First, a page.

© 2014 by push2extreme

Racepack / Backpack Basics

March 23, 2014

Introduction

At first I thought about writing an article to compare various race-packs but decided against that for one simple reason; such an article would represent my personal preferences which may be very different from the preferences of others. I, therefore, decided to rather write an article that would enable my readers to (1) select the best possible race pack for themselves, and (2) to use that race pack correctly. The latter point may be more relevant to the MdS runners who, with only 11-days to go until their epic adventure, are deciding what to pack and where to put it in their packs.

 

Basic Mechanics

As bipedal beings we have to ensure that our bodies remain in a balanced state to ensure, not only, that we remain upright, but also that we spend our energy efficiently. Energy efficiency is a key component in any ultra-endurance event and the aim should always be to be as efficient as possible.

 

Bipedal motion in humans centres on their hips with the balance point or more accurately named, our centre of gravity, being centred around the sacrum which is a triangular bone located at the bottom of the spine. This hypothetical point, however, is not fixed and is adjusted in-terms of form, weight etc. Example, a pregnant woman would carry more weight in-front of her moving the centre of gravity forward. To counteract the effect of imbalance she would lean backwards. So we use posture alignment to accommodate for imbalance and to create some form of balance while in motion.

 

The same principle applies to carrying a backpack or race pack. But there are other factors that play a very important role. For instance, when you take a ruler and place a weight on one end you need to move your finger closer to the weight to ensure that the ruler remains in a balanced state. Your alternative would be to load the opposite side of the ruler with a weight as well. Depending upon the two weights at opposite ends you would adjust the centre of gravity of the ruler finding the balanced point somewhere between the two points.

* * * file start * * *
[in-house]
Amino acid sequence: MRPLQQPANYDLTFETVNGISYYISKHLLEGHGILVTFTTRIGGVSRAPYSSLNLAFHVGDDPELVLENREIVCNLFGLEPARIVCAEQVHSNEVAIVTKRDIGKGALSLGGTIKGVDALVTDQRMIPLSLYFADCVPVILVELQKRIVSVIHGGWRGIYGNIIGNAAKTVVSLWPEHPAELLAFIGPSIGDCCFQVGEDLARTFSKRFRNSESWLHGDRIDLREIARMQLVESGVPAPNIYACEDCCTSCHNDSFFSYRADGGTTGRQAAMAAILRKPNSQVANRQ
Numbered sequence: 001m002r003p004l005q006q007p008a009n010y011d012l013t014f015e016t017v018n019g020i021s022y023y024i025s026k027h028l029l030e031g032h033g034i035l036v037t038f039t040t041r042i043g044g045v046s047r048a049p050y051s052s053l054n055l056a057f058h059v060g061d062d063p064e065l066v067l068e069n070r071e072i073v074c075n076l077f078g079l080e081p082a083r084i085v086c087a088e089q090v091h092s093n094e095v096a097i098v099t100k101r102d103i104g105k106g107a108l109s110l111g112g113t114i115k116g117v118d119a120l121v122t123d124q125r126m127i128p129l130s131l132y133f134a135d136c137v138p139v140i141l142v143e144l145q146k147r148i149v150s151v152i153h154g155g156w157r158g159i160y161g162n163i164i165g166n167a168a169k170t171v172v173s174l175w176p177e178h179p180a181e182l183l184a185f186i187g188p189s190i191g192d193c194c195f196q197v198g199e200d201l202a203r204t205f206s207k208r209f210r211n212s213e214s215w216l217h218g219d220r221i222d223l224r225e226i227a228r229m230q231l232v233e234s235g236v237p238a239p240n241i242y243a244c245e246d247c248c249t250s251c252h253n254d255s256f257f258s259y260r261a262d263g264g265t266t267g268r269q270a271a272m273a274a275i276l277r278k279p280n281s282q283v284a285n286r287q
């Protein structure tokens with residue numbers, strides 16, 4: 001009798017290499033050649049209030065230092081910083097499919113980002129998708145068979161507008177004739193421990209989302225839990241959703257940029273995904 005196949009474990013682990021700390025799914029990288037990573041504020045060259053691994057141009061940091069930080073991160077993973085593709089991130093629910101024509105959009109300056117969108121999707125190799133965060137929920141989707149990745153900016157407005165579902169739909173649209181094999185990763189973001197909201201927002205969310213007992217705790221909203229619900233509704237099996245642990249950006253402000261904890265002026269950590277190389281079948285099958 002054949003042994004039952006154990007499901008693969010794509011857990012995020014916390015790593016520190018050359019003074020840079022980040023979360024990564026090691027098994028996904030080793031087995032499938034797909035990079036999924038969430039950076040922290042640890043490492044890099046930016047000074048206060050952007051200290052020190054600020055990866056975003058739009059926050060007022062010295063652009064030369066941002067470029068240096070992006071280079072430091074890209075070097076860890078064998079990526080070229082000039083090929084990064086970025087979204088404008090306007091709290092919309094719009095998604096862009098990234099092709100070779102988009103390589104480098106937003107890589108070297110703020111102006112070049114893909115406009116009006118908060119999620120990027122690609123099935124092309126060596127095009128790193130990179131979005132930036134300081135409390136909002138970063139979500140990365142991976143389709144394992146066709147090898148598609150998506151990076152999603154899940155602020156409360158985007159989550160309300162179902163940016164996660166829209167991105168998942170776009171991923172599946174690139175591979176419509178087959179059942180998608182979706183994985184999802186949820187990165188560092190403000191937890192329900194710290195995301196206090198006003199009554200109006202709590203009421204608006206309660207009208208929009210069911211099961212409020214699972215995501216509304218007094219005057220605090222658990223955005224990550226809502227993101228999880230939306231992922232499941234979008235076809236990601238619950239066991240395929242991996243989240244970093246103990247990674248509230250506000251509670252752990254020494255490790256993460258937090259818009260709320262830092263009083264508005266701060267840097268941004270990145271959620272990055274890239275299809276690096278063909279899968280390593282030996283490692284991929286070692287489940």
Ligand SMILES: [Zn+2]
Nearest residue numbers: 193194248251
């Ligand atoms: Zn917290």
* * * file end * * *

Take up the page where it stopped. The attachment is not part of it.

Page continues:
Selecting a Racepack / Backpack

So what has this got to do with selecting a racepack or backpack?

 

In short, everything, the aim of a racepack or backpack is not simply to fulfil the function of carrying all your items, but rather to carry it in such a way that the weight does not have a significantly detrimental effect on your performance. The following four points, I consider to be critical:

 

  1. Hip Strap: Your hips serves as the point around which your ‘balance’ and motion is centred and represents a strong anchoring point for any weight you carry. So selecting a bag that will fit your body length is essential. The hip band or strap must sit on your hips; the aim is to rest 80% to 90% of the total pack weight on your hips. 

  2. Shoulder Straps: These should be comfortable, broad, and well-padded to prevent the straps from cutting into you. If the pack is correctly matched to your body length and the hip belt sits on your hips and not your abdomen the angle of the shoulder straps leading to the bottom of your pack won’t cause chaffing, however, if the pack is to short the shoulder belt will be pulled tight under the arm which may cause chafing. Shoulder belts should allow you some freedom of ‘alteration’ so that you can make adjustments specific to you, add water bottle holders (if you wish) and have the ability to alter the height of the chest or sternum strap. A really helpful, but not vital, addition is that of load-lifter straps. Many runners don’t know about load-lifter straps and I have seen these either not used, used incorrectly or altered to the point that they lose their purpose. Load-lifter straps are located just below the tops of your shoulders (near your collarbones) and are intended to pull your shoulder straps backwards and upwards to relieve the pressure off your collarbone.